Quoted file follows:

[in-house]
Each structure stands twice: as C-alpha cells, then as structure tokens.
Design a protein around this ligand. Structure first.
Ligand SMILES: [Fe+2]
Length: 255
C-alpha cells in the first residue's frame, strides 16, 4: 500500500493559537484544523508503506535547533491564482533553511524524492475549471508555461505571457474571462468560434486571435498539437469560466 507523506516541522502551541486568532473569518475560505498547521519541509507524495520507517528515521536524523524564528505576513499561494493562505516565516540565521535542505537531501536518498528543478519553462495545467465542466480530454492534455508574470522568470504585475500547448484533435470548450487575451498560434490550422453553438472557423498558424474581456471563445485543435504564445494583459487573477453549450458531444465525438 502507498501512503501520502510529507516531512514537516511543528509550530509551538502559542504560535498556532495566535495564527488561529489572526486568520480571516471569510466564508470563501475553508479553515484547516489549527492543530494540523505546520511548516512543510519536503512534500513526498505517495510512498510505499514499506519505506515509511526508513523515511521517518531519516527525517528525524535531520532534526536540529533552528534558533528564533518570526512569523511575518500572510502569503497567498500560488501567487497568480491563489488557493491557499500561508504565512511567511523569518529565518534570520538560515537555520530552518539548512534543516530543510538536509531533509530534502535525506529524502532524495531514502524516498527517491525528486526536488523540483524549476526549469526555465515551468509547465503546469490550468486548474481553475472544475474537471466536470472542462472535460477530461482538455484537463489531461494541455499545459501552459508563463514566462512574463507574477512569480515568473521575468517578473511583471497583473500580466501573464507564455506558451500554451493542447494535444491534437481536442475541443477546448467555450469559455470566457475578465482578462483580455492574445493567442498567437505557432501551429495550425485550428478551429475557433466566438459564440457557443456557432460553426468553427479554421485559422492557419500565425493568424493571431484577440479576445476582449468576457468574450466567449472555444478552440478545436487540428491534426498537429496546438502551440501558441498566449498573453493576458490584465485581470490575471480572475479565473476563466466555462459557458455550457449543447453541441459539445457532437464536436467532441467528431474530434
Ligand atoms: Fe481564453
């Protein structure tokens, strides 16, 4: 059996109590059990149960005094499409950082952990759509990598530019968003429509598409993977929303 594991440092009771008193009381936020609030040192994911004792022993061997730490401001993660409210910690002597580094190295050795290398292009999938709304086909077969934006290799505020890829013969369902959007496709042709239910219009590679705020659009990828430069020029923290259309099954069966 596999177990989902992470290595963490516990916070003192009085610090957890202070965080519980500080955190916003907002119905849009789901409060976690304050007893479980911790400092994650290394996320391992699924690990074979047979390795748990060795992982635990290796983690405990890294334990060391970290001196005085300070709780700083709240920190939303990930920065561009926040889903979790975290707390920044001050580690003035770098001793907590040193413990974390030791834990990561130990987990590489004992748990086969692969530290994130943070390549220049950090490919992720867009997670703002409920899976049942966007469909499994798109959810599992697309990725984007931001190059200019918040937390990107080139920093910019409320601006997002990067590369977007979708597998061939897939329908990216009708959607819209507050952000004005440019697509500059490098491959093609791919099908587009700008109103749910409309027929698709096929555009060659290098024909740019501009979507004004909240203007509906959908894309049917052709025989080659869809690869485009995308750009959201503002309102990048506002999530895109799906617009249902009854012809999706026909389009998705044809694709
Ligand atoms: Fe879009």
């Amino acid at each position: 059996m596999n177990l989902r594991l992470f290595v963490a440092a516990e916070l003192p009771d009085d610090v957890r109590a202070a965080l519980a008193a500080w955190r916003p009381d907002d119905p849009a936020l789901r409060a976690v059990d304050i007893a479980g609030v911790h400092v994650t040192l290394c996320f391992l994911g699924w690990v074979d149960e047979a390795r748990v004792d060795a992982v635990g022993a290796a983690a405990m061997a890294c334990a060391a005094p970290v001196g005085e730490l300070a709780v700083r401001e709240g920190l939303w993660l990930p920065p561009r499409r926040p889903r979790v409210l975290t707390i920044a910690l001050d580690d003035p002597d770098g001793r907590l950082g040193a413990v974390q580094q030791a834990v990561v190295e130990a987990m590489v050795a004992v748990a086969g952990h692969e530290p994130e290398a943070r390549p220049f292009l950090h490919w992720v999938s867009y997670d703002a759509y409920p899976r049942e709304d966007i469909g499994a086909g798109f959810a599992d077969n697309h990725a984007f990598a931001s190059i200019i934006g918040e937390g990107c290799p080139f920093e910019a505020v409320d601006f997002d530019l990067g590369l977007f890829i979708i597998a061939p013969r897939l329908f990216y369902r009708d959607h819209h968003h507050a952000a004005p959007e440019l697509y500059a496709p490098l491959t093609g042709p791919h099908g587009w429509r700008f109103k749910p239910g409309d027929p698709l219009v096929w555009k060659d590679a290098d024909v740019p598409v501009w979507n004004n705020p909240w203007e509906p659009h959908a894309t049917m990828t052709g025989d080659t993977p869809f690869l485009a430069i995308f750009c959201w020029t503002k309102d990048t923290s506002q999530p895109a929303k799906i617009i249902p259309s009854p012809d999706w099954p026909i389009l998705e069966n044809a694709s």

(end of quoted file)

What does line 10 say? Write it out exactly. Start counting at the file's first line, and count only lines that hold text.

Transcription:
């Amino acid at each position: 059996m596999n177990l989902r594991l992470f290595v963490a440092a516990e916070l003192p009771d009085d610090v957890r109590a202070a965080l519980a008193a500080w955190r916003p009381d907002d119905p849009a936020l789901r409060a976690v059990d304050i007893a479980g609030v911790h400092v994650t040192l290394c996320f391992l994911g699924w690990v074979d149960e047979a390795r748990v004792d060795a992982v635990g022993a290796a983690a405990m061997a890294c334990a060391a005094p970290v001196g005085e730490l300070a709780v700083r401001e709240g920190l939303w993660l990930p920065p561009r499409r926040p889903r979790v409210l975290t707390i920044a910690l001050d580690d003035p002597d770098g001793r907590l950082g040193a413990v974390q580094q030791a834990v990561v190295e130990a987990m590489v050795a004992v748990a086969g952990h692969e530290p994130e290398a943070r390549p220049f292009l950090h490919w992720v999938s867009y997670d703002a759509y409920p899976r049942e709304d966007i469909g499994a086909g798109f959810a599992d077969n697309h990725a984007f990598a931001s190059i200019i934006g918040e937390g990107c290799p080139f920093e910019a505020v409320d601006f997002d530019l990067g590369l977007f890829i979708i597998a061939p013969r897939l329908f990216y369902r009708d959607h819209h968003h507050a952000a004005p959007e440019l697509y500059a496709p490098l491959t093609g042709p791919h099908g587009w429509r700008f109103k749910p239910g409309d027929p698709l219009v096929w555009k060659d590679a290098d024909v740019p598409v501009w979507n004004n705020p909240w203007e509906p659009h959908a894309t049917m990828t052709g025989d080659t993977p869809f690869l485009a430069i995308f750009c959201w020029t503002k309102d990048t923290s506002q999530p895109a929303k799906i617009i249902p259309s009854p012809d999706w099954p026909i389009l998705e069966n044809a694709s």